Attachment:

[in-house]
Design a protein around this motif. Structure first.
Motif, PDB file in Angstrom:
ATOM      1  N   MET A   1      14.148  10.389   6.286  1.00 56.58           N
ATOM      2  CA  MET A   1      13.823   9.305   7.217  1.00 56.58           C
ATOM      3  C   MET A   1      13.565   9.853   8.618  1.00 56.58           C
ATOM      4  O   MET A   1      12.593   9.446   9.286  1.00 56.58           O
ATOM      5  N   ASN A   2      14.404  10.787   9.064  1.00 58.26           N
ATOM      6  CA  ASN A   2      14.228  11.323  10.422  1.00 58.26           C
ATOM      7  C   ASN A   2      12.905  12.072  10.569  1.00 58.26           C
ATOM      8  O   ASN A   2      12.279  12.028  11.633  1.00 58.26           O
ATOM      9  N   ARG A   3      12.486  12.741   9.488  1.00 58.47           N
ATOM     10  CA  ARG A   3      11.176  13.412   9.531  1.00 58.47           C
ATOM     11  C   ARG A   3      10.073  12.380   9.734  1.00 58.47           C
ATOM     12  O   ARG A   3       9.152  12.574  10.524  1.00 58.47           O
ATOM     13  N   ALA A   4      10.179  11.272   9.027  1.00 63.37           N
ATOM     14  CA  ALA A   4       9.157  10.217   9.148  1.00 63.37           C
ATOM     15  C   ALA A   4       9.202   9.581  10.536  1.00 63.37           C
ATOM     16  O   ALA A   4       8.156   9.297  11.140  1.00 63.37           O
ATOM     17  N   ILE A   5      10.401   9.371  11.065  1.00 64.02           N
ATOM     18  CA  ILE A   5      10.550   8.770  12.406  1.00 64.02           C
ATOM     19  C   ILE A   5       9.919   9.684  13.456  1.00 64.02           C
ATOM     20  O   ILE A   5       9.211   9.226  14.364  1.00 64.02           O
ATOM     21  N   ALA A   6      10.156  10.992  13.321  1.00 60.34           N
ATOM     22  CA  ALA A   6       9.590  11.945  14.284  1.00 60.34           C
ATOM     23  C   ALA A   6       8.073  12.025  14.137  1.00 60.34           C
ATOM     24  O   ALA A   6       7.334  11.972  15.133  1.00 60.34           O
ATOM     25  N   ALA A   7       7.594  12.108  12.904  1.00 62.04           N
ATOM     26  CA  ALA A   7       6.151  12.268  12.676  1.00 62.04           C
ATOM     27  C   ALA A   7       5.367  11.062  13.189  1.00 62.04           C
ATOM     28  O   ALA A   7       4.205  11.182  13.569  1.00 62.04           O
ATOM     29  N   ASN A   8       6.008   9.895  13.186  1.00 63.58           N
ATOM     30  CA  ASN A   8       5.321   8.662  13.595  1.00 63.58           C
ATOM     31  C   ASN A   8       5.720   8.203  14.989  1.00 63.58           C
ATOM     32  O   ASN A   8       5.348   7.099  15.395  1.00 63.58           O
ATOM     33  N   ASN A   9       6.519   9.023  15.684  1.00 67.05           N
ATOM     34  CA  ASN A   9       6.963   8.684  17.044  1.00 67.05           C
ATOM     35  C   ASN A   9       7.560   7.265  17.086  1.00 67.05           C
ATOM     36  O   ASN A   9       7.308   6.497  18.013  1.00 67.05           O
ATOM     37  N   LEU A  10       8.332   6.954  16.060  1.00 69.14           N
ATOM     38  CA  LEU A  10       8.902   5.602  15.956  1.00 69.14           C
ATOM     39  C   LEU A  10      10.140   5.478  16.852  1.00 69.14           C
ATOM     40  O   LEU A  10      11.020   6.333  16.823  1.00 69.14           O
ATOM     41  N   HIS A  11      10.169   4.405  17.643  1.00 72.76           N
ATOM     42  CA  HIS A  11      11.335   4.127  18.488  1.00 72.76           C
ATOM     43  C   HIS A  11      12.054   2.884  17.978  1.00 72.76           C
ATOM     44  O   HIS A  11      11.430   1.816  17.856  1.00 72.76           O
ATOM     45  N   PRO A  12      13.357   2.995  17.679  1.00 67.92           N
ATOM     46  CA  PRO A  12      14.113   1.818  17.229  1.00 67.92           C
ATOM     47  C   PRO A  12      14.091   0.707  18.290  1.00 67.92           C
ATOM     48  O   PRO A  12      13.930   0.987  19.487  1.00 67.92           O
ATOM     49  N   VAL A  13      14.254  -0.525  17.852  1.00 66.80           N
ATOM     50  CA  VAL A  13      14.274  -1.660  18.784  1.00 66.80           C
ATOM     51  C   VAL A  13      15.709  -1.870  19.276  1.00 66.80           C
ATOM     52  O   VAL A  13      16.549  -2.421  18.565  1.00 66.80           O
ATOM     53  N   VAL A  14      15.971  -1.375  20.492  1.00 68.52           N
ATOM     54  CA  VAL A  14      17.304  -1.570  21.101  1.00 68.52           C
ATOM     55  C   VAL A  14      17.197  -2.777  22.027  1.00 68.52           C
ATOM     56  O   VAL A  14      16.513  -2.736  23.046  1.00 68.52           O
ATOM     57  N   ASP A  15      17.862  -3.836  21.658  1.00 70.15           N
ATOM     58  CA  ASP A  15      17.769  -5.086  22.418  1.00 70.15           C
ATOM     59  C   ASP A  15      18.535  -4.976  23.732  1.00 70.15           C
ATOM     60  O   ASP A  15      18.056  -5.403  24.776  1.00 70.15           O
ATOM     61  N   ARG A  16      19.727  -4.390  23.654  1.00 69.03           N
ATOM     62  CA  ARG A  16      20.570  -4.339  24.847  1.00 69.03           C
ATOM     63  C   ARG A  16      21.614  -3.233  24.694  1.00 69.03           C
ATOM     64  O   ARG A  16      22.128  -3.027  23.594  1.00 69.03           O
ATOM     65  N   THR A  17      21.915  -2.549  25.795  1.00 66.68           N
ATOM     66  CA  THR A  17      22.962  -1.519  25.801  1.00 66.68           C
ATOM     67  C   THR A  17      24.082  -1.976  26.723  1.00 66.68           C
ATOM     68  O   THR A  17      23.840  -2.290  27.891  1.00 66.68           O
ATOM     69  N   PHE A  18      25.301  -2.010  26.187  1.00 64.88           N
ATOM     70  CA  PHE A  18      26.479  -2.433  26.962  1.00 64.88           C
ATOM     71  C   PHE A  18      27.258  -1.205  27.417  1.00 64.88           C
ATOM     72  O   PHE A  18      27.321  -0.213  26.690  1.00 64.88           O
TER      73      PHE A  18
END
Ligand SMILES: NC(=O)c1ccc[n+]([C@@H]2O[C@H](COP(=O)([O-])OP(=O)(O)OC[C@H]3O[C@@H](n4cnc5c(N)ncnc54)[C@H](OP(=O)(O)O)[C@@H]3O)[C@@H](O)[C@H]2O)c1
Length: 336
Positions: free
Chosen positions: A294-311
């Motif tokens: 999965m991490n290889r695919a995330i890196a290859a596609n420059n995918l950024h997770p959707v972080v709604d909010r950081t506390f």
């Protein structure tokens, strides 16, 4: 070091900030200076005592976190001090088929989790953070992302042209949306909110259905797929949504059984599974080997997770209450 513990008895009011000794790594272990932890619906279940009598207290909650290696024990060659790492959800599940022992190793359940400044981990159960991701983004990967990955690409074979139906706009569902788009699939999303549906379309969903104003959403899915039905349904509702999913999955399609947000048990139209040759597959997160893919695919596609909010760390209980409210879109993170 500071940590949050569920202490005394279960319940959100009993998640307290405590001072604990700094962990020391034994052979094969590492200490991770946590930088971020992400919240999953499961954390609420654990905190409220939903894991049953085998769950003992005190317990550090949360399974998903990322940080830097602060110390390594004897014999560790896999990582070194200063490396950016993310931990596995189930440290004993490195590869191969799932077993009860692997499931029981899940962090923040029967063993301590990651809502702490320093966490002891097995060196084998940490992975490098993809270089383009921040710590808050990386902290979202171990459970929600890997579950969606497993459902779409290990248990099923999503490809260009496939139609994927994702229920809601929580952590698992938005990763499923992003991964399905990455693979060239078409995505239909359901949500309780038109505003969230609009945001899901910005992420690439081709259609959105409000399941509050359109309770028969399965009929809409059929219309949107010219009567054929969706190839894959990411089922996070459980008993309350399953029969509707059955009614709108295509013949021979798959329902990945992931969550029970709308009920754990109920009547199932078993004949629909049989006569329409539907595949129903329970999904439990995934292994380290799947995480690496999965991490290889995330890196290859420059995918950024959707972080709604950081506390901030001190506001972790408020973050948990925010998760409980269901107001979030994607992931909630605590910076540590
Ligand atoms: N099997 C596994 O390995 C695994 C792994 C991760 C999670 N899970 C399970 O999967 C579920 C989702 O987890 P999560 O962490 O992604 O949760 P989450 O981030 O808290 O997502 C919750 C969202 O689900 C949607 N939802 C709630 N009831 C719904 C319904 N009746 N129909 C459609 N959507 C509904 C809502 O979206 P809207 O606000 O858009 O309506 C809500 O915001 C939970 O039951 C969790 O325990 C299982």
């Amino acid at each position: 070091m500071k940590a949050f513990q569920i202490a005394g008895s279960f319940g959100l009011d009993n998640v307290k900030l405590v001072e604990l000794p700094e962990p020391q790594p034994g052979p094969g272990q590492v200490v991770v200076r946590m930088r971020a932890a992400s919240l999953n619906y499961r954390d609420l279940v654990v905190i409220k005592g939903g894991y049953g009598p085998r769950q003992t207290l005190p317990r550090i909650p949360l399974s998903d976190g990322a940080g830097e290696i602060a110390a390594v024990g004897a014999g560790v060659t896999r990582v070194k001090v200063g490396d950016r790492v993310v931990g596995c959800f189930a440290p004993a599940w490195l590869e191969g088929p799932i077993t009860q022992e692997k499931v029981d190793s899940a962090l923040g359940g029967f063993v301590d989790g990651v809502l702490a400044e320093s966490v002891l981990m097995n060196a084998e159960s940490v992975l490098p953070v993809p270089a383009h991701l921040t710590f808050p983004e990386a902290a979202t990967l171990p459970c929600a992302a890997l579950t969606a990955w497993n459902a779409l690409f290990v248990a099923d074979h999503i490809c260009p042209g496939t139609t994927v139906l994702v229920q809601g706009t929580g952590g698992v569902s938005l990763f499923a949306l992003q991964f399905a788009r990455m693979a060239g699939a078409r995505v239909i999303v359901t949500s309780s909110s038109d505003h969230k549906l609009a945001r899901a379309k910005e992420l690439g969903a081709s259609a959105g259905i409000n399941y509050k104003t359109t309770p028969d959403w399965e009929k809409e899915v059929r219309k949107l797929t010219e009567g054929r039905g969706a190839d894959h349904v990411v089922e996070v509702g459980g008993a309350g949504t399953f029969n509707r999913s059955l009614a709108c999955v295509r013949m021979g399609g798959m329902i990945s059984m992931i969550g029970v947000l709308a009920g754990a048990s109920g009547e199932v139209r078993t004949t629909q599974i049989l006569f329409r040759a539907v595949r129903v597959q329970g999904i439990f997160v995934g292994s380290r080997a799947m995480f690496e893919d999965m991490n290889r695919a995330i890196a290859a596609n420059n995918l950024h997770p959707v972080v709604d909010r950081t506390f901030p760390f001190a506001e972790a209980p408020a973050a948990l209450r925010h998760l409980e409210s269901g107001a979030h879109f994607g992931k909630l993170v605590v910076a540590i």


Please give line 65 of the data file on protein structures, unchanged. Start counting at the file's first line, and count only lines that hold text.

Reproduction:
ATOM     62  CA  ARG A  16      20.570  -4.339  24.847  1.00 69.03           C